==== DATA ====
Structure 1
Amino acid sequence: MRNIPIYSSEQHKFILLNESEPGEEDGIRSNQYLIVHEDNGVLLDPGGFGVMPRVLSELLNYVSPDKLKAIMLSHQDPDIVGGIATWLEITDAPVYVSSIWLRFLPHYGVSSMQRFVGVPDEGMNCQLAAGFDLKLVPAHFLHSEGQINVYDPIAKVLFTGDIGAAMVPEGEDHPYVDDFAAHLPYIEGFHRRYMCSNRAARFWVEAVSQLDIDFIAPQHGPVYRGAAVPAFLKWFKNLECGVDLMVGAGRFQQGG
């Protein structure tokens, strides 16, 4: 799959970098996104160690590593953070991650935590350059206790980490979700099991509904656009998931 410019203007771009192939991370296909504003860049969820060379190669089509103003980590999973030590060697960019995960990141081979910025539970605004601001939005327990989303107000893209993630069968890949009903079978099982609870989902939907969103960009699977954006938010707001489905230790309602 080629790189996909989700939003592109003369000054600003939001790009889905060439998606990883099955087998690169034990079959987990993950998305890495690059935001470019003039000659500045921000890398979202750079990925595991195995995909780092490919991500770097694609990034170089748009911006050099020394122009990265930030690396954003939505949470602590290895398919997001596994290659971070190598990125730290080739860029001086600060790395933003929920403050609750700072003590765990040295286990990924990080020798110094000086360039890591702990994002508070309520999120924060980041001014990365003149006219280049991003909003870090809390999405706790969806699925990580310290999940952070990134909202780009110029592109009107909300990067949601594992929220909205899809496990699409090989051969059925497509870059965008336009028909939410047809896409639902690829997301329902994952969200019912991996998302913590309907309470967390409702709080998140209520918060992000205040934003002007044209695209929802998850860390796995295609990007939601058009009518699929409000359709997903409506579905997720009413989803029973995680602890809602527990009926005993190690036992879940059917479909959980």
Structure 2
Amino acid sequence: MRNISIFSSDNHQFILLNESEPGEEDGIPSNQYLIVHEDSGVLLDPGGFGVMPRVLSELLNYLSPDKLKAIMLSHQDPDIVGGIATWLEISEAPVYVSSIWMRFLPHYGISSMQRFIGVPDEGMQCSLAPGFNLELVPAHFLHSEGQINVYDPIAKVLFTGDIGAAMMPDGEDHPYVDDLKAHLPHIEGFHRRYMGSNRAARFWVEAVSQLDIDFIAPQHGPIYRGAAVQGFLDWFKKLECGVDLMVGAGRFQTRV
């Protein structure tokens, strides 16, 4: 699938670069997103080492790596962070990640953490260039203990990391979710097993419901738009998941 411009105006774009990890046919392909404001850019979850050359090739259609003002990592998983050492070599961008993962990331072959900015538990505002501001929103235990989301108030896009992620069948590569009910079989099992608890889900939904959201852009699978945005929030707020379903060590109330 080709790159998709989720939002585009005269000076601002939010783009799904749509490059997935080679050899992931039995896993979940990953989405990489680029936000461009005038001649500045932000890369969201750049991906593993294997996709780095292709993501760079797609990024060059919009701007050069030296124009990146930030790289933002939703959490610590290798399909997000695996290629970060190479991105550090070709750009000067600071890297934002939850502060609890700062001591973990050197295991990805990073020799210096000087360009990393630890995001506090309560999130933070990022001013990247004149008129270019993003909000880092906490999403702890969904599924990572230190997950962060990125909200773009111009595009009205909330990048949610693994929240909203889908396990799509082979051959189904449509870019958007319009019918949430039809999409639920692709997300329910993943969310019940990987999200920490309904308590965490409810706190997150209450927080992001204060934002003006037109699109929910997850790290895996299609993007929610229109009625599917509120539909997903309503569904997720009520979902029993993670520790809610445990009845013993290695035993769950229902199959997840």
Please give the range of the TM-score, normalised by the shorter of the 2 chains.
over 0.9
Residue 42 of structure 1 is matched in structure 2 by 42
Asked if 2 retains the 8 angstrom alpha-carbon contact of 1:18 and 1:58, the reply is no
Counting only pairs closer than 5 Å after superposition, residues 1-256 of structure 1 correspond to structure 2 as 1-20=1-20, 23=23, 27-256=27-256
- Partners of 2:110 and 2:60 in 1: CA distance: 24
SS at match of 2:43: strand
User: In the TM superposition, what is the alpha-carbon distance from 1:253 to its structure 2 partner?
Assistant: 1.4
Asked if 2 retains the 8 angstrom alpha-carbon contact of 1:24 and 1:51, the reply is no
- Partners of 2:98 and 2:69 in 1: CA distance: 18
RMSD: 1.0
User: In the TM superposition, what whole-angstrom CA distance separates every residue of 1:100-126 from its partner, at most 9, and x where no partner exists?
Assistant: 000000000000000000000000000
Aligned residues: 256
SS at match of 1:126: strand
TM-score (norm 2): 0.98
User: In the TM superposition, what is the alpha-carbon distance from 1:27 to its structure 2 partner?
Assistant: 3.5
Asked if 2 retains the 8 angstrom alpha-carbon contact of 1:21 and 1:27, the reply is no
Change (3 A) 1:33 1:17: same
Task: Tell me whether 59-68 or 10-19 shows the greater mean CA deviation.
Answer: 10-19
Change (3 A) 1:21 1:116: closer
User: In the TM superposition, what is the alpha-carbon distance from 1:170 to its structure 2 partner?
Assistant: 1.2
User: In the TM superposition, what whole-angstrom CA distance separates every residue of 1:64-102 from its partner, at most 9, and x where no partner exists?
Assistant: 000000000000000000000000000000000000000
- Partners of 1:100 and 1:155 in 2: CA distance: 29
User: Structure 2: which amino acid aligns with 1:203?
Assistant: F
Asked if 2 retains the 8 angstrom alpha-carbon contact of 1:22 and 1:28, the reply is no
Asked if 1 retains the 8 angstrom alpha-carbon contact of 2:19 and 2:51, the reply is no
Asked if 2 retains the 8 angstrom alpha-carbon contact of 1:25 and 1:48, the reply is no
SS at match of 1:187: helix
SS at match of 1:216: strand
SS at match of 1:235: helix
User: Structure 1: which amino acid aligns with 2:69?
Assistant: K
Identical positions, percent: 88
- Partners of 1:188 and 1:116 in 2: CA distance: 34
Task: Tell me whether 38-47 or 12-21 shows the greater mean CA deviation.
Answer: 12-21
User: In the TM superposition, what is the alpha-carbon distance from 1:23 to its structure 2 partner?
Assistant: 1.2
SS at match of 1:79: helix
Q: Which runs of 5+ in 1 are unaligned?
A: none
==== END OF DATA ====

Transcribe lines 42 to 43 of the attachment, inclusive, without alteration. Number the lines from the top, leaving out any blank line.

SS at match of 1:216: strand
SS at match of 1:235: helix